'80s Maryland rock hits movie screens

'Heavy Metal Picnic' is at AFI Silver and 'The Skeptics: In A World of their Own' screens at Creative Alliance

  • The band The Skeptics is featured in a film screening at the Creative Alliance.
The band The Skeptics is featured in a film screening at the Creative… (Handout photo )
August 05, 2010|By Michael Sragow, The Baltimore Sun

If the directors get their hands on some magic editing scissors, Keith Chester's "The Skeptics: In A World of Their Own" and Jeff Krulik's "Heavy Metal Picnic," new movies about mid-'80s Maryland rock, will some day be a tight, hard-driving double-bill. Right now they're a couple of indelible curiosities playing Friday at different places: "Heavy Metal Picnic" at 9:30 p.m. at the AFI Silver and "The Skeptics: In a World of Their Own" at 7 p.m. at Creative Alliance's Patterson Theater.

"The Skeptics: In a World of their Own" has more variety and intrigue and several close-to-home connections. The Skeptics created their seductively eclectic sound — a Cuisinart blend of garage rock, surf tunes, roots music, punk, and psychedelic whimsy — in their hometown, Frederick. But on April 12, 1984, they got their biggest boost when they appeared in the third annual "Battle of the Unknown Bands" sponsored by The Sun at the Famous Ballroom on 1717 North St.

Steve Blickenstaff, the Skeptics' drummer, told The Sun's Rafael Alvarez, "The majority of the people here [in Frederick] wouldn't like what we do," because Western Maryland's music fans were "more into Top 40 and country-western" — a theme that crops up in the movie's interviews. Alvarez wrote that of the three competitors, a band called 33rd Street was "shooting for the stars," perhaps because its drummer called their sound "pop, middle-of-the-road, toe-tapping music with the vocals out front."

But the Skeptics beat the odds and won that competition. The Washington-based Slickee Boys soon invited them to be their opening act. (Chester includes interviews with two Slickee Boys: Mark Noone and Kim Kane.)

As the Skeptics began to win time on local airwaves, Baltimore's Skizz Cyzyk became a die-hard promoter, touting them relentlessly on Towson University's student-run WCVT-FM. The film contains hilarious footage of Cyzyk talking to the Skeptics at WCVT in what's either a spacey interview or a put-on. Confronted with their mute faces, Cyzyk asks them what vegetables they would be if they were vegetables. One answers, asparagus. Then the boys from Frederick start talking about an art project they did in kindergarten.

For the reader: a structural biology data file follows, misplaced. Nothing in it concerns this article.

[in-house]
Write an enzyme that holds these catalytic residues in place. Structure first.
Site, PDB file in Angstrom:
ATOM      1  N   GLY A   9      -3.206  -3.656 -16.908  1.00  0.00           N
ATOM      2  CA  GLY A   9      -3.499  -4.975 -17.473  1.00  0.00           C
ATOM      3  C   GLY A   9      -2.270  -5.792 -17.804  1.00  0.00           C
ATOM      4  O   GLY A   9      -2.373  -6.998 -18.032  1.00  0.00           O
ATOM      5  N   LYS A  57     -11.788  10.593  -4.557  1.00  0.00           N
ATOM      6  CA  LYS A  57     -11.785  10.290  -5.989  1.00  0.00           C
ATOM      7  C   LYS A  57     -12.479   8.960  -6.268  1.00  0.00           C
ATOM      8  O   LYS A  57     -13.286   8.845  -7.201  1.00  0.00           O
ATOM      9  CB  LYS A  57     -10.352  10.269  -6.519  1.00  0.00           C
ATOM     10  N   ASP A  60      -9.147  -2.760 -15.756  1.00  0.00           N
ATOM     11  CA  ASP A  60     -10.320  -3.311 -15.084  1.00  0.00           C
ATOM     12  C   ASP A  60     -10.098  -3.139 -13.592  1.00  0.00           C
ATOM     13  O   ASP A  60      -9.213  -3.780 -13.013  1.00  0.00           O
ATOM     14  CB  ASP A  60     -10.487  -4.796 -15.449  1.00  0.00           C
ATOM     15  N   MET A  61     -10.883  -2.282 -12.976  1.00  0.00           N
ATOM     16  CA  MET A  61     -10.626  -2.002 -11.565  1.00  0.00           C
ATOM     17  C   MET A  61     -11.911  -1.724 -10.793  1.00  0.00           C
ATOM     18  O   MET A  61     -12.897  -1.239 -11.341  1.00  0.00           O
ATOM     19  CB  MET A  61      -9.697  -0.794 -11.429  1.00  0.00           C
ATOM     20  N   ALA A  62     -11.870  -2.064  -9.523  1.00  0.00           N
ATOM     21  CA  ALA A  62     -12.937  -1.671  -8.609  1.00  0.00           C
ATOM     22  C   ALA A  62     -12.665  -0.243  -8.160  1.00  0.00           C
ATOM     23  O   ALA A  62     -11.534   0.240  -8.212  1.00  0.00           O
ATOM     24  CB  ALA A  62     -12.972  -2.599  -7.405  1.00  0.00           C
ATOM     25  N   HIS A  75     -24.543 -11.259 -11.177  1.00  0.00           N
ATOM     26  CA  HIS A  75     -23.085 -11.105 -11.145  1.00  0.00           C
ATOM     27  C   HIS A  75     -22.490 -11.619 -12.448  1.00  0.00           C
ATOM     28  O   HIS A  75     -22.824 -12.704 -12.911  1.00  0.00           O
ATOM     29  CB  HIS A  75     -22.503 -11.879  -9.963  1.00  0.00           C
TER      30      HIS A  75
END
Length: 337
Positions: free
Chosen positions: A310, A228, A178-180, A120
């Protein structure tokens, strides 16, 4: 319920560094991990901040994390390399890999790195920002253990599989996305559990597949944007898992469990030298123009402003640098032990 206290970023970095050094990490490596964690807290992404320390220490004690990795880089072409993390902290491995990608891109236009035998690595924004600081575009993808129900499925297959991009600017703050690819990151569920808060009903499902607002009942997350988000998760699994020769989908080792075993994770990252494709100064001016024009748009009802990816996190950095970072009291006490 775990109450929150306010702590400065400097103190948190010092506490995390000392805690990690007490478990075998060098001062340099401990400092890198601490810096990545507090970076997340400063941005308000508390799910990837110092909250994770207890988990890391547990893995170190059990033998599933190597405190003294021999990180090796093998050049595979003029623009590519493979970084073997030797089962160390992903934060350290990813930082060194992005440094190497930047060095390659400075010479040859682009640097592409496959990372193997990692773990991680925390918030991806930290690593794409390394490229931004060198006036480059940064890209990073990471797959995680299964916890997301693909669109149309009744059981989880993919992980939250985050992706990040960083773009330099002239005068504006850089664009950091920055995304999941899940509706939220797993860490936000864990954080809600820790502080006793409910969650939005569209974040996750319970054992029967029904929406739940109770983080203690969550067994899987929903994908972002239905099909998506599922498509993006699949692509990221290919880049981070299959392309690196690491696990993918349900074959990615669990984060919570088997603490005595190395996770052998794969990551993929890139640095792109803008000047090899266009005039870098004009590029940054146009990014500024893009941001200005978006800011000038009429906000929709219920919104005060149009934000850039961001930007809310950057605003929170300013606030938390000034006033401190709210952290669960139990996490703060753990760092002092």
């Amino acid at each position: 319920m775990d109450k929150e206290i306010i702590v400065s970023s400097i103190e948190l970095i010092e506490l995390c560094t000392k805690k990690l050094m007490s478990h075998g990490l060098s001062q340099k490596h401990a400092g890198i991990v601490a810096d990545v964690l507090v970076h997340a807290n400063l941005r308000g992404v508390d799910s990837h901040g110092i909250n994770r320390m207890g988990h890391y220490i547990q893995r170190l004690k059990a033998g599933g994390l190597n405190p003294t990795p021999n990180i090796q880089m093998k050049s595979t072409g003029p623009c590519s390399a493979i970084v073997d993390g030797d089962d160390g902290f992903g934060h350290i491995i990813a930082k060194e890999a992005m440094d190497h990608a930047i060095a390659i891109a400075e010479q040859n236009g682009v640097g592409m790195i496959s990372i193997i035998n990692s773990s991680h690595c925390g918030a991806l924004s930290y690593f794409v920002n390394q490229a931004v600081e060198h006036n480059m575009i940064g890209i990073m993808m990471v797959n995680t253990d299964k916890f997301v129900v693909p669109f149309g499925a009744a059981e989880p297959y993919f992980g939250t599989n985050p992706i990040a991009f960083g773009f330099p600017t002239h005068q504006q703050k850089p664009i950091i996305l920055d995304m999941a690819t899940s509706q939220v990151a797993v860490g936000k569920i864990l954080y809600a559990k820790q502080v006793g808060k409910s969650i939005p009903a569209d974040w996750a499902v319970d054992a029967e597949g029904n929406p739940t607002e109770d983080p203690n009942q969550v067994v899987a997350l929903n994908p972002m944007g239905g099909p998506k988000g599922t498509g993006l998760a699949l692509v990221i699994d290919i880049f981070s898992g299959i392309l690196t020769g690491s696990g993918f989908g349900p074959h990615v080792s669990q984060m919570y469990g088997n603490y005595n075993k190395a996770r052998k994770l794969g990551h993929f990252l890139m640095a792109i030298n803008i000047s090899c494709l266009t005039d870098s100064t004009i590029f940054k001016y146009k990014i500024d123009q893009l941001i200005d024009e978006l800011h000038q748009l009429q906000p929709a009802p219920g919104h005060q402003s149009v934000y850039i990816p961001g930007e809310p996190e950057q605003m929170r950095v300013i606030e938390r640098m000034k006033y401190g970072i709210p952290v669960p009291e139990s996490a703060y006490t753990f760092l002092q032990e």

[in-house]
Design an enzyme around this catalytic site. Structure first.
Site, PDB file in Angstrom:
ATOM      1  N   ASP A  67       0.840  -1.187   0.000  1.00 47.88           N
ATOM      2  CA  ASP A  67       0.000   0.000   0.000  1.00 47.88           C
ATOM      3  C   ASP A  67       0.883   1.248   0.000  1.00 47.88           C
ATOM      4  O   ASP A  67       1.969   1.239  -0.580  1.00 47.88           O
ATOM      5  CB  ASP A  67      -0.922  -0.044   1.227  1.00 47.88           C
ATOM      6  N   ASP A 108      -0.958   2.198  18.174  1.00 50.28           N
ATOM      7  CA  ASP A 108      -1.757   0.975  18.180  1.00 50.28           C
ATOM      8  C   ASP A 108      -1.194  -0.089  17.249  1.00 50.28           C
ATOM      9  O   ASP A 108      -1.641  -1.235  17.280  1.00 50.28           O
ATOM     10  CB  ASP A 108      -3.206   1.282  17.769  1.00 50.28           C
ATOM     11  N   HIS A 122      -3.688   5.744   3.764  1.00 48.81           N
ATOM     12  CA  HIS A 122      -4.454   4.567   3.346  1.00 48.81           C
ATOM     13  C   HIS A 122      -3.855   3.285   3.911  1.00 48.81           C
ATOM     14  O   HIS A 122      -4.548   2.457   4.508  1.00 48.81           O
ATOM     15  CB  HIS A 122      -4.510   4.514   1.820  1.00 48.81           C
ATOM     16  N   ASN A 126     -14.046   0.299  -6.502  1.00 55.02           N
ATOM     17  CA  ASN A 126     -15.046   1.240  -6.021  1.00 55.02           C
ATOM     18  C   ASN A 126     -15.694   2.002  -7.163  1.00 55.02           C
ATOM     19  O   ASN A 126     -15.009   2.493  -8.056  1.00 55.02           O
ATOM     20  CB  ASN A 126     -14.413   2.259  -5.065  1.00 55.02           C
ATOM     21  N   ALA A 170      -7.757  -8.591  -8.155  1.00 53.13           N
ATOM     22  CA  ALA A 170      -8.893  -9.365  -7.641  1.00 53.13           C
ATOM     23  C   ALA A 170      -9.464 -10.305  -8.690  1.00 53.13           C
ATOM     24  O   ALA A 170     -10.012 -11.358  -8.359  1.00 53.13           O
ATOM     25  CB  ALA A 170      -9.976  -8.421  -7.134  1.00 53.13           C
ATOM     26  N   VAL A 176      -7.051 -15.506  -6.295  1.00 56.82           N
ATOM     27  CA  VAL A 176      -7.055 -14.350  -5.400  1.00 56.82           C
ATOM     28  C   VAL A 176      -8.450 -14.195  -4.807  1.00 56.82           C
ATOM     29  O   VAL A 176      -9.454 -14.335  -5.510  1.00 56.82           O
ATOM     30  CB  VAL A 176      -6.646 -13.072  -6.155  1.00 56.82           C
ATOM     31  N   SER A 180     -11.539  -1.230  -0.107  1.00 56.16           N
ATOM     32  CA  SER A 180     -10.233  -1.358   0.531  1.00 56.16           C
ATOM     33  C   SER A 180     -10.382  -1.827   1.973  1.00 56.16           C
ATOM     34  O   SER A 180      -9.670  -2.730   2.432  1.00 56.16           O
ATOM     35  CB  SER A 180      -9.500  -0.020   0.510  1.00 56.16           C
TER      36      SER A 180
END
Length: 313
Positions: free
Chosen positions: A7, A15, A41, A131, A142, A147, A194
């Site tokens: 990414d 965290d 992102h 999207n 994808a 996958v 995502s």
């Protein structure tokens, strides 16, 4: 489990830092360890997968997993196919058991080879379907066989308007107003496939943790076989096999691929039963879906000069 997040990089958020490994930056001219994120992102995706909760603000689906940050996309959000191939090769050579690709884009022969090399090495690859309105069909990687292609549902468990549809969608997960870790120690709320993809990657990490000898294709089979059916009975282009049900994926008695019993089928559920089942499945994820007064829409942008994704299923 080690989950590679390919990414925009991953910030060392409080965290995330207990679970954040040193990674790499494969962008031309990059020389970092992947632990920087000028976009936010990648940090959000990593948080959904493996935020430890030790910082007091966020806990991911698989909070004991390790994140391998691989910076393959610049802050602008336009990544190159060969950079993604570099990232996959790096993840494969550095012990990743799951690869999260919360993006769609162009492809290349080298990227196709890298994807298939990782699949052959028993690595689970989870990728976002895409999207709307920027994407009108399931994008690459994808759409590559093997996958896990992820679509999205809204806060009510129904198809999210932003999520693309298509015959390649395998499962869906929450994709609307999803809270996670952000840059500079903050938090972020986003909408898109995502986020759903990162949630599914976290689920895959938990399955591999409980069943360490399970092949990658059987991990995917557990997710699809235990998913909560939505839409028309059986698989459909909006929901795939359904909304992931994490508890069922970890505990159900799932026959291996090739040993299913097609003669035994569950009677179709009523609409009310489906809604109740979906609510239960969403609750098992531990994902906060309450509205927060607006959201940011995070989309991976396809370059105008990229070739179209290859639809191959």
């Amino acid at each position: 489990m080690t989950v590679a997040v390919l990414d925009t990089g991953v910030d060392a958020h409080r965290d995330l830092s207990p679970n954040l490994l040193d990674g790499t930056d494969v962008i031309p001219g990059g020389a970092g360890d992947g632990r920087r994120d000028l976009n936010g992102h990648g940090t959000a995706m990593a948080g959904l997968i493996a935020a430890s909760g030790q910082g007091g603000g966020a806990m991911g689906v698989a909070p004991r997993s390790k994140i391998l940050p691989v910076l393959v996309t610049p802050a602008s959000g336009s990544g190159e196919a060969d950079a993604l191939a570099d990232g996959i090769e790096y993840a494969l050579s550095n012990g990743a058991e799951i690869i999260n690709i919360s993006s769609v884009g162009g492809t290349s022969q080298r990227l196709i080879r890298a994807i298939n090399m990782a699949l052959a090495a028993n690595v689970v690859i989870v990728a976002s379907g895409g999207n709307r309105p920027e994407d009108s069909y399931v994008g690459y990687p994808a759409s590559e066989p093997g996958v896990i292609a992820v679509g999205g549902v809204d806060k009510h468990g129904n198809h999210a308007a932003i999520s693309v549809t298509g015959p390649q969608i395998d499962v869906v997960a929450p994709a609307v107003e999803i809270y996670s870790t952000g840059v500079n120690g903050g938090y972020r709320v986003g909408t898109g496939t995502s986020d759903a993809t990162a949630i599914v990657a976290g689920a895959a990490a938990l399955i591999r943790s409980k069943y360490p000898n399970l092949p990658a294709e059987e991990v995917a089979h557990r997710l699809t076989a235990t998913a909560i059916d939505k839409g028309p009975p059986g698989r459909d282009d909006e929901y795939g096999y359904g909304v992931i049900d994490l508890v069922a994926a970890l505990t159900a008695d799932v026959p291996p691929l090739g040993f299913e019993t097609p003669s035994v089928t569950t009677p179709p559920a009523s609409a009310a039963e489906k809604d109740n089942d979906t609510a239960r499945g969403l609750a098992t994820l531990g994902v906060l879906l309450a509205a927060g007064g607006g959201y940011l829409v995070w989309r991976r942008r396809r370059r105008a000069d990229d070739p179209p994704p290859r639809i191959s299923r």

Chester turns "The Skeptics: In A World of their Own" into his own endearing post-'60s art project. He punctuates the music-making memories — some from heavyweights like Inner Ear studio's Don Zientara — with atmospheric or goofy shots of power lines, animals and helicopters.

He mixes lucid statements from lead singer and songwriter Andy McCutcheon with vital '80s performance footage, new performances filmed and cut in a magical-mystery-tour style, and some heartfelt and amusing testimony from Frederick fans who say the band refreshed or changed their lives. Unfortunately, he also includes spectacularly unfunny appearances by a made-up character named "Ol' Hole Heels," who purports to be the band's manager and secret genius but appears to have escaped from a rerun of "Hee-Haw."

The band broke up in 1990. They perform these days to support the film, as well they should. Chester's enthusiasm for their buoyant, wayward spirit fills the screen. The best part of Chester's movie is that it makes you want to listen to the Skeptics' music. Happily, they will play a set at Creative Alliance right after the movie on Friday night.

"Heavy Metal Picnic" comes from the same period, but it's a whole different bucket of weed. It's a one-joke documentary with a very good joke. "Heavy Metal Picnic" provides a mid-1980s riff on the seminal wisecrack about the 1960s: that if you can remember it, you weren't really there. A commemorative T-shirt proclaims, "If You Remember The Farm Parties You Probably Weren't There." Everyone you see is so stewed, they probably think that the gag is original.

The Skeptics film is all about the music. "Heavy Metal Picnic" is all about the wild and woozy atmosphere generated by 30-hour-party people at a field bash called "The Full Moon Jamboree and Heavy Metal Sunday," May 4-5, 1985. Director Jeff Krulik builds the film on video-cam coverage shot there by metalhead Rudy Childs. A substance-abusing attendee calls it Maryland's Woodstock. (So does a stone-cold-sober broadcaster.) But it was a spring-break sort of celebration, all beer, bikinis, and drugs.

Another guy laments that he didn't market Childs' footage as the first "Girls Gone Wild" videos. Comments like that keep you perked up whenever the film over-relies on "Then and Now" video snapshots of the partygoers. Krulik may not be a master craftsman, but he has a genuine feel for down-home hedonism. The message of his movie is, "Just say Yes."

On screen

"The Skeptics: In a World of Their Own" screens at 7 p.m. at the Patterson, 3134 Eastern Ave., with a live set by the band to follow; "Heavy Metal Picnic" screens at 9:30 p.m. at AFI Silver, 8633 Colesville Road, Silver Spring; invited guests include filmmakers Jeff Krulik and John Heyn and "Full Moon Jamboree" creator Billy Gordon.

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